Despite Declines, Signs of Vitality in 2012
The United Methodist Church in the United States lost roughly the equivalent of the Memphis and Alaska conferences combined in the past year.
Between 2011 and 2012, the denomination saw a reduction of at least 87,319 U.S. members. The U.S. church also saw, on average, at least 50,895 fewer people in worship each week.
This snapshot comes from reports from 57 of the 59 U.S. annual (regional) conferences, which followed spring and summer gatherings. These totals are not yet official and could face a few adjustments, but the trend seems clear.
Yes, membership and worship attendance for the majority of U.S. conferences are still falling. The numbers continue a decades-long slide in U.S. church affiliation that extends well beyond The United Methodist Church. But these figures do not give the full picture of the denomination’s presence in the United States, much less the global United Methodist Church.
Some United Methodist leaders across the United States tell a different story — and they have the numbers to back them up.
Seven U.S. conferences increased in worship attendance, and eight gained members in 2012. In fact, at least one conference in each of the five U.S. jurisdictions experienced growth in either membership or worship attendance. Two — Central Texas andNorthwest Texas — reported both membership and attendance growth.
Globally, The United Methodist Church has been growing overall. The General Council on Finance and Administration, the denomination’s finance agency, reported that in the five-year period ending in 2009, the denomination grew from almost 11.6 million to nearly 12.1 million professing members. GCFA plans to release updated official global figures in October.
Bishop Mike Lowry, who leads the Central Texas Conference, cautions that churches cannot rely on any one “silver bullet” for growth.
“It’s multiple factors — not just two or three factors — but more like eight or 10, and they intersect and they intermix in a host of different ways.”
Among those factors is being in an area with a growing population overall. It also helps if the conference already includes churches with a weekly worship attendance that exceeds 1,000. However, church leaders are quick to point out that conferences in general can do more to help reach new people.
Lowry and leaders of four other conferences that experienced growth shared their insights on increasing vitality in the U.S. church. Their suggestions fit into four broad, interrelated categories: Sharing a vision, developing new churches, transforming existing ones and committing to evangelism.
Cast a Vision
For the last three to four years, the Dakotas Conference“has placed an exclamation point on the mission of making disciples of Jesus Christ for the transformation of the world,” said the Rev. Greg Kroger, the conference’s director of ministries. “Conference efforts have given priority to ministries designed expressly to equip the local church in reclaiming and living out that mission.”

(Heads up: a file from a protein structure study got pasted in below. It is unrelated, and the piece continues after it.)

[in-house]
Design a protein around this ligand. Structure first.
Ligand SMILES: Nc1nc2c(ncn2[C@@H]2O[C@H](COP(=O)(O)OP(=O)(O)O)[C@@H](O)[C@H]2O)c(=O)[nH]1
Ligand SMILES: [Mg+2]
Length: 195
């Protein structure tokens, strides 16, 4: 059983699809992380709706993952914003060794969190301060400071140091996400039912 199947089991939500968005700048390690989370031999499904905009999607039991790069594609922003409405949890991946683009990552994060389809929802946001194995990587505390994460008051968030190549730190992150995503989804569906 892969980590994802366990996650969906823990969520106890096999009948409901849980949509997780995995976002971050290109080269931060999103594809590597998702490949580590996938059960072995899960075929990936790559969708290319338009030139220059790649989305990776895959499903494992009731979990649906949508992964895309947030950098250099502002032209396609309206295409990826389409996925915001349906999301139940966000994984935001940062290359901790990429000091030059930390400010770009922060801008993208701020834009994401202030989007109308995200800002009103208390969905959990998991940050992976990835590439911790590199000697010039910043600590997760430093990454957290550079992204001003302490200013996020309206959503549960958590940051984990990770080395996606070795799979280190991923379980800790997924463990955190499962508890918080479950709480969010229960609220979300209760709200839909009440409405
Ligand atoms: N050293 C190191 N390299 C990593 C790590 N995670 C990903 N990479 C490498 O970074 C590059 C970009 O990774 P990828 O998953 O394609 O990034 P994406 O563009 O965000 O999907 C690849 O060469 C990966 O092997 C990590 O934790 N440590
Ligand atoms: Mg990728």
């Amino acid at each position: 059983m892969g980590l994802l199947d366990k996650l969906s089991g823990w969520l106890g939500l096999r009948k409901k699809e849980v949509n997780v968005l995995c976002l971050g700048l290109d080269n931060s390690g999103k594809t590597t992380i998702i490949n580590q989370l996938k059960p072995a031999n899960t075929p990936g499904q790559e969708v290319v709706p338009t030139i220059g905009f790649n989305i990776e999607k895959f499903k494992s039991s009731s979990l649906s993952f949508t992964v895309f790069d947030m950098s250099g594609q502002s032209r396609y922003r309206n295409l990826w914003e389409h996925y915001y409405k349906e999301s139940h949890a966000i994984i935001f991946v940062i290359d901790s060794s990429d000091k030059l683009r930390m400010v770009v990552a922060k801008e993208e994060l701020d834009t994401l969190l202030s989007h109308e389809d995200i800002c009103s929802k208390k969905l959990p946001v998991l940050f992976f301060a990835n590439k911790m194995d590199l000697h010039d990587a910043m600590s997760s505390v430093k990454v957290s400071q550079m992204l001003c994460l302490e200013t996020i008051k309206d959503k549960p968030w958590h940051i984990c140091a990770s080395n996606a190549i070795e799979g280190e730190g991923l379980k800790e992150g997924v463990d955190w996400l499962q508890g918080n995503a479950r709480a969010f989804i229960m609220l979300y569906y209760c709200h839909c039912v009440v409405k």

The conference’s efforts have borne fruit. For the second consecutive year, the Dakotas reported increases in average weekly worship attendance. It gained nearly 370 people in 2012, achieving total average worship attendance of 20,511.
“Even where worship attendance has not increased, more churches are holding steady, or the rate of decline has slowed,” Kroger said. “In all cases, the importance of visionary clergy and lay leaders who are equipped and thoroughly committed to our mission cannot be overstated.”
He advises each conference to clarify its vision and align resources for its “specific geographical, cultural and demographic context.”
The North Georgia Conference posted an increase of more than 4,000 members in 2012, by far the largest numerical gain in the United States. Both Central Texas and North Georgia have reported membership increases for 39 consecutive years.
“The North Georgia Conference has a climate of expectation regarding membership growth in existing churches and creating new places for new people,” said Bishop B. Michael Watson. “We are actively engaged in lay and clergy training to meet these expectations.”
The Rev. Debby Fox, vice chair of the conference’s board of connectional ministries, said one of the primary ways the conference provides training is through its Connectional Cafe, an online catalogue of 150 workshops for clergy and laity.
The workshops, intended to increase congregational vitality, are categorized into four areas of ministry — discipleship, leadership development, missions and worship. They include topics as varied as “Getting the Most out of Teaching the Bible,” “Strengthening the Black Church” and “Homeless Ministries.”
“I believe that active engagement in learning throughout our lives is essential to growing disciples, engaging them in ministry as they are gifted and called, and encouraging them to live in faith every day,” Fox said.
Develop New Churches
Leaders of growing conferences agree that establishing new Christian communities is critical to vitality in the present and growth in the future.
Decades ago, the Central Texas Conference created a full-time, cabinet-level position in new church development, Lowry said.